Geneviève Lalonde, Mike Tate win Canadian cross-country championships

Also this week: Lanni Marchant talked about the state of our sport, Sasha Gollish talked about burnout and more.


Welcome to the latest issue of Run the North!

This issue has some news, some links and some podcasts: The Canadian cross-country championships were this weekend, Lanni Marchant and Kate Gustafson were on podcasts, WADA wants Russia to GTFO of the Olympics and possibly everything for at least four years, Sasha Gollish wrote about burnout and more.

A programming note: I am taking the last two Mondays in December off of newslettering (newsletter writing?) to enjoy the holidays. You will get issues on Dec. 9 and Dec. 16, but there will be NO ISSUES on Dec. 23 and Dec. 30. Unless there’s major Canadian running news, then I’ll pop in and say hi and let you know what’s going on.

I’ve got some year-end stuff planned for the last two issues of 2019. The Dec. 9 issue will feature a round-up of books I’ve discussed, read or recommended to help you with your holiday shopping. And the Dec. 16 issue will countdown the top 10 moments in Canadian running in 2019!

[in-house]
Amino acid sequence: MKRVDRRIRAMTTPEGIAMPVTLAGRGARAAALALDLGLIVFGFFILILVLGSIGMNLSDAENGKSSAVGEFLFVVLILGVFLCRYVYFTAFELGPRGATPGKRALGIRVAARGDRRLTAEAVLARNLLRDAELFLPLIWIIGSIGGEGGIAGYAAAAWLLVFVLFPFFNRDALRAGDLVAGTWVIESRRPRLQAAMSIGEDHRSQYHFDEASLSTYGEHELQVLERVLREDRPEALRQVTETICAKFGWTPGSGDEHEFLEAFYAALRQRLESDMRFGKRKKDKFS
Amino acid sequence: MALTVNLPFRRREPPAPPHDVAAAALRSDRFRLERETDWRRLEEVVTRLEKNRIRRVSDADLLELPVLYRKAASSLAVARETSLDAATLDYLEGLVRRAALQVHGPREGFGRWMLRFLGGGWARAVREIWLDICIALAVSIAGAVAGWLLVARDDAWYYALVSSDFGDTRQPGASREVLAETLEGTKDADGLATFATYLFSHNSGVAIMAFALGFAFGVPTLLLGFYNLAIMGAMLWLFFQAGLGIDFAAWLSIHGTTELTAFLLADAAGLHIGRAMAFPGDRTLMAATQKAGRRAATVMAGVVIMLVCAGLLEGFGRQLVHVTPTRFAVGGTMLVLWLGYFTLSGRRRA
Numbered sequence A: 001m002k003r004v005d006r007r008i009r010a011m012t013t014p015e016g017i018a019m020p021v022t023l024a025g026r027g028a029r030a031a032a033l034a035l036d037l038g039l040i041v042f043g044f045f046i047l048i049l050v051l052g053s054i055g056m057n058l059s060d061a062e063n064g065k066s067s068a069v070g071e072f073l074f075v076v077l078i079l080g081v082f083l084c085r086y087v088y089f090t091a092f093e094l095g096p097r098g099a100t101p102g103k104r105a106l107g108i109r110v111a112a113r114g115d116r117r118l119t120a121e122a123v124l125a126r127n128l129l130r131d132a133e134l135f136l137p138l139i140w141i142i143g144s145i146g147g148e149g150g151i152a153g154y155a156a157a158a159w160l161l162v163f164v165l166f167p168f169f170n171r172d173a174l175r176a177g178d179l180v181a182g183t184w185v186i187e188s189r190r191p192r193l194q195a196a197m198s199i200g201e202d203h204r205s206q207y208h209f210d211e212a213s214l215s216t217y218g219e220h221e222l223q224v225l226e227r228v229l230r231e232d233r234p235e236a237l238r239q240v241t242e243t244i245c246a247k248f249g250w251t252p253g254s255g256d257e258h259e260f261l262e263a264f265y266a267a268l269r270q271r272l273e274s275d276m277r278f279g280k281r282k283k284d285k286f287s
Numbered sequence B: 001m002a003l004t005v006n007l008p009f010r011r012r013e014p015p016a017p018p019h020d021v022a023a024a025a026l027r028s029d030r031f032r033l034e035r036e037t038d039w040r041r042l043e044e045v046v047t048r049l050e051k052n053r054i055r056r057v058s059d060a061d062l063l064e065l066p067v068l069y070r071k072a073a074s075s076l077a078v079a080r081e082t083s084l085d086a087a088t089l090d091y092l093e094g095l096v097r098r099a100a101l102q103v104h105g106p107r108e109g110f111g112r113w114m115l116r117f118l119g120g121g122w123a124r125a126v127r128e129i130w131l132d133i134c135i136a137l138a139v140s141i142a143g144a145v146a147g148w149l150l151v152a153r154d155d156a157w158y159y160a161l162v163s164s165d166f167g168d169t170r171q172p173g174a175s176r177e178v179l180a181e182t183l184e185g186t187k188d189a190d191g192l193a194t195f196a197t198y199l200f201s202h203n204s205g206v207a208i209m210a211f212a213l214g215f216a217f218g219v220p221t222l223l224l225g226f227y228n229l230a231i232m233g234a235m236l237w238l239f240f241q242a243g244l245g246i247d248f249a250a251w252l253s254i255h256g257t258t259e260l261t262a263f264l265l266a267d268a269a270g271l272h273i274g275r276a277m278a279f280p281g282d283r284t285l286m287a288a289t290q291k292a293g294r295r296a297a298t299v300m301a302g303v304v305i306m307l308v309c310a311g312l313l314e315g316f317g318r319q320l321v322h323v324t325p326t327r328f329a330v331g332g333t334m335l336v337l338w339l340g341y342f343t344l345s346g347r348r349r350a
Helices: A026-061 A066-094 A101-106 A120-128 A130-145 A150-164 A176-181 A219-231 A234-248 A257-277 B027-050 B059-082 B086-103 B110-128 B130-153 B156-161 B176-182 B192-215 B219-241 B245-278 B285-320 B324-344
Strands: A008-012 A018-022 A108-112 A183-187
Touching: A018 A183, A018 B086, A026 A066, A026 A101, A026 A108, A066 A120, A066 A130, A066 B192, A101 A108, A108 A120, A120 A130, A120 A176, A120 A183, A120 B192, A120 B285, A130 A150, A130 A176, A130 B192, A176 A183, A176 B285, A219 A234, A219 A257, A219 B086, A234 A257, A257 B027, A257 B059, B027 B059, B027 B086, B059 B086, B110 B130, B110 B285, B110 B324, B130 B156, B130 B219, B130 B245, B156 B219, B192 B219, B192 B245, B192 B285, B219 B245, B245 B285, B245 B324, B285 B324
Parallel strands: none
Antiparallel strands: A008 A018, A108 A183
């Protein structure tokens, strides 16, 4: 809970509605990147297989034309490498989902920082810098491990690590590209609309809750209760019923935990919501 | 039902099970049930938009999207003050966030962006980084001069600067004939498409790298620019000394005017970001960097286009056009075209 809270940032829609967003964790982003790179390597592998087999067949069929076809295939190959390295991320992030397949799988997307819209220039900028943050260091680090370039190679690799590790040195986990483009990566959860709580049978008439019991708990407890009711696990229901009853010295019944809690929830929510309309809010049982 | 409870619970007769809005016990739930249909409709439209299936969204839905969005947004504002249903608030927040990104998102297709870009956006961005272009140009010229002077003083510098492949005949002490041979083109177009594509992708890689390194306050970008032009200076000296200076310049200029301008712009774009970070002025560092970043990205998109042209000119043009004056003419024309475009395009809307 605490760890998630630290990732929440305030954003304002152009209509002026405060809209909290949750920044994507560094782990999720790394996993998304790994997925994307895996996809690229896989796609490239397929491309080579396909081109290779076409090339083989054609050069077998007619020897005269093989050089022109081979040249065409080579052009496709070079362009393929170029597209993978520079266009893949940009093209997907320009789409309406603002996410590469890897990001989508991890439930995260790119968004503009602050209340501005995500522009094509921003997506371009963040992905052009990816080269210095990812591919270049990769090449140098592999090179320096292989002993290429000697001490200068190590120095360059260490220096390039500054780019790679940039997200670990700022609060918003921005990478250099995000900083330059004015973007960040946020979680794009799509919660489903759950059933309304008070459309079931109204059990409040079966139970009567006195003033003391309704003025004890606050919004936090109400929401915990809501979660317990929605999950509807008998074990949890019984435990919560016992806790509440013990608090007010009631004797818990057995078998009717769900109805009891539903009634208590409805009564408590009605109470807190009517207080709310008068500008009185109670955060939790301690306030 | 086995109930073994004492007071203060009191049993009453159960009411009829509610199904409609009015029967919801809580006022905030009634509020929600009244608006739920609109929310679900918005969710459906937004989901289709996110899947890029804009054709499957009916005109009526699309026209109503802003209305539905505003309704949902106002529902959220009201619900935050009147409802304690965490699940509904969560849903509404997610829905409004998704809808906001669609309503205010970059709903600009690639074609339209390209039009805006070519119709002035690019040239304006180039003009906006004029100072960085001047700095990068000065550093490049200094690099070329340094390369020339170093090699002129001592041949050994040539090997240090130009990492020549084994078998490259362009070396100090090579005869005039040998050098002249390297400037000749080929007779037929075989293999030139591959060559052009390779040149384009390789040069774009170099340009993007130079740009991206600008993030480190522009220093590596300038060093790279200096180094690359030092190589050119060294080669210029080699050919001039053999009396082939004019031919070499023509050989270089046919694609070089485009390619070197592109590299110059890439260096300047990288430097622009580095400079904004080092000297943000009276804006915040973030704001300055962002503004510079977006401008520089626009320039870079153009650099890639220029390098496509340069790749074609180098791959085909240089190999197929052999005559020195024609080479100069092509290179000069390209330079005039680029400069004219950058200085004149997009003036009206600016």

After that, Run the North will then return on Monday, January 6.

OK, let’s get to it!

Geneviève Lalonde, Mike Tate win Canadian cross-country championships

Geneviève Lalonde and Mike Tate won the Canadian cross-country championships on Nov. 30.

Geneviève Lalonde defends her title

Lalonde dominated a strong race to successfully defender her title. Maria Galea-Bernard and Sarah Inglis stayed with Lalonde for much of the race, but she eventually broke away to break the tape.